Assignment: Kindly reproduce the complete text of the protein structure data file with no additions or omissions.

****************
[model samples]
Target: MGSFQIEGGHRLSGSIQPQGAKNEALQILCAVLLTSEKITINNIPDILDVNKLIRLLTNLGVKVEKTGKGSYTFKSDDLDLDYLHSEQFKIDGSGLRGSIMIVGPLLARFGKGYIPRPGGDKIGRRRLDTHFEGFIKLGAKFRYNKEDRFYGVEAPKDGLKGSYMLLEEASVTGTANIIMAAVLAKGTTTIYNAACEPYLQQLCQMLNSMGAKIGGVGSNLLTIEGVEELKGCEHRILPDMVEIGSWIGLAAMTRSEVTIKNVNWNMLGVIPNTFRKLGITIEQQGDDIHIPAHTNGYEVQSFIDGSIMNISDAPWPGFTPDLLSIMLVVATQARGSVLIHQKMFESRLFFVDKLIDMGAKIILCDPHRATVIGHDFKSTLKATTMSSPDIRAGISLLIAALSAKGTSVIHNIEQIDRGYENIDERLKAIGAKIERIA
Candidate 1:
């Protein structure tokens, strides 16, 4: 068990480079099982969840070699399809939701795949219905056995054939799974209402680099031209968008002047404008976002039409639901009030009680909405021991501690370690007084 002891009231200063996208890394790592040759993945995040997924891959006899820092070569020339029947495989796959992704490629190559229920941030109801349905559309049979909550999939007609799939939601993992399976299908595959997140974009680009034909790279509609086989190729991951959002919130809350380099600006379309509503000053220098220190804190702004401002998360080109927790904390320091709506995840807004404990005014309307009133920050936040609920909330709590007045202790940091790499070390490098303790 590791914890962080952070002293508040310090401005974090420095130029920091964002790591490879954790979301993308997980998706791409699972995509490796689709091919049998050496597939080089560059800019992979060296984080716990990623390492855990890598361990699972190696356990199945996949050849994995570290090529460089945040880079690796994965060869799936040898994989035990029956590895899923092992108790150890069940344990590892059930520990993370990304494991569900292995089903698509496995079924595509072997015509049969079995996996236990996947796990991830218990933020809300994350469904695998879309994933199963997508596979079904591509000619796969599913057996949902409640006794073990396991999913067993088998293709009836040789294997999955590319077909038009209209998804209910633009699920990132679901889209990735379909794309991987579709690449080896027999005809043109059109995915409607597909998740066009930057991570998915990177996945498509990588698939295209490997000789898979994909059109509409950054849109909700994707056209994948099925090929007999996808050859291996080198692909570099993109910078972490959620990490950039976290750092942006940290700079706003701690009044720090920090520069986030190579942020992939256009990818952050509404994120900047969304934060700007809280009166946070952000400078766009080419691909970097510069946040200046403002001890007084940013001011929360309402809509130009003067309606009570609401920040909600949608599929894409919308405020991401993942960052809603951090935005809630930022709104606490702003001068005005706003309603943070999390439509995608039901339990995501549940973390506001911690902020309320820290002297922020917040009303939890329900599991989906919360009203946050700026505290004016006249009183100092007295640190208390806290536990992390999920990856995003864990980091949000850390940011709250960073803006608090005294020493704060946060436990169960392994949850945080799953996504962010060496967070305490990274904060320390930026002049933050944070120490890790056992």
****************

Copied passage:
[model samples]
Target: MGSFQIEGGHRLSGSIQPQGAKNEALQILCAVLLTSEKITINNIPDILDVNKLIRLLTNLGVKVEKTGKGSYTFKSDDLDLDYLHSEQFKIDGSGLRGSIMIVGPLLARFGKGYIPRPGGDKIGRRRLDTHFEGFIKLGAKFRYNKEDRFYGVEAPKDGLKGSYMLLEEASVTGTANIIMAAVLAKGTTTIYNAACEPYLQQLCQMLNSMGAKIGGVGSNLLTIEGVEELKGCEHRILPDMVEIGSWIGLAAMTRSEVTIKNVNWNMLGVIPNTFRKLGITIEQQGDDIHIPAHTNGYEVQSFIDGSIMNISDAPWPGFTPDLLSIMLVVATQARGSVLIHQKMFESRLFFVDKLIDMGAKIILCDPHRATVIGHDFKSTLKATTMSSPDIRAGISLLIAALSAKGTSVIHNIEQIDRGYENIDERLKAIGAKIERIA
Candidate 1:
């Protein structure tokens, strides 16, 4: 068990480079099982969840070699399809939701795949219905056995054939799974209402680099031209968008002047404008976002039409639901009030009680909405021991501690370690007084 002891009231200063996208890394790592040759993945995040997924891959006899820092070569020339029947495989796959992704490629190559229920941030109801349905559309049979909550999939007609799939939601993992399976299908595959997140974009680009034909790279509609086989190729991951959002919130809350380099600006379309509503000053220098220190804190702004401002998360080109927790904390320091709506995840807004404990005014309307009133920050936040609920909330709590007045202790940091790499070390490098303790 590791914890962080952070002293508040310090401005974090420095130029920091964002790591490879954790979301993308997980998706791409699972995509490796689709091919049998050496597939080089560059800019992979060296984080716990990623390492855990890598361990699972190696356990199945996949050849994995570290090529460089945040880079690796994965060869799936040898994989035990029956590895899923092992108790150890069940344990590892059930520990993370990304494991569900292995089903698509496995079924595509072997015509049969079995996996236990996947796990991830218990933020809300994350469904695998879309994933199963997508596979079904591509000619796969599913057996949902409640006794073990396991999913067993088998293709009836040789294997999955590319077909038009209209998804209910633009699920990132679901889209990735379909794309991987579709690449080896027999005809043109059109995915409607597909998740066009930057991570998915990177996945498509990588698939295209490997000789898979994909059109509409950054849109909700994707056209994948099925090929007999996808050859291996080198692909570099993109910078972490959620990490950039976290750092942006940290700079706003701690009044720090920090520069986030190579942020992939256009990818952050509404994120900047969304934060700007809280009166946070952000400078766009080419691909970097510069946040200046403002001890007084940013001011929360309402809509130009003067309606009570609401920040909600949608599929894409919308405020991401993942960052809603951090935005809630930022709104606490702003001068005005706003309603943070999390439509995608039901339990995501549940973390506001911690902020309320820290002297922020917040009303939890329900599991989906919360009203946050700026505290004016006249009183100092007295640190208390806290536990992390999920990856995003864990980091949000850390940011709250960073803006608090005294020493704060946060436990169960392994949850945080799953996504962010060496967070305490990274904060320390930026002049933050944070120490890790056992």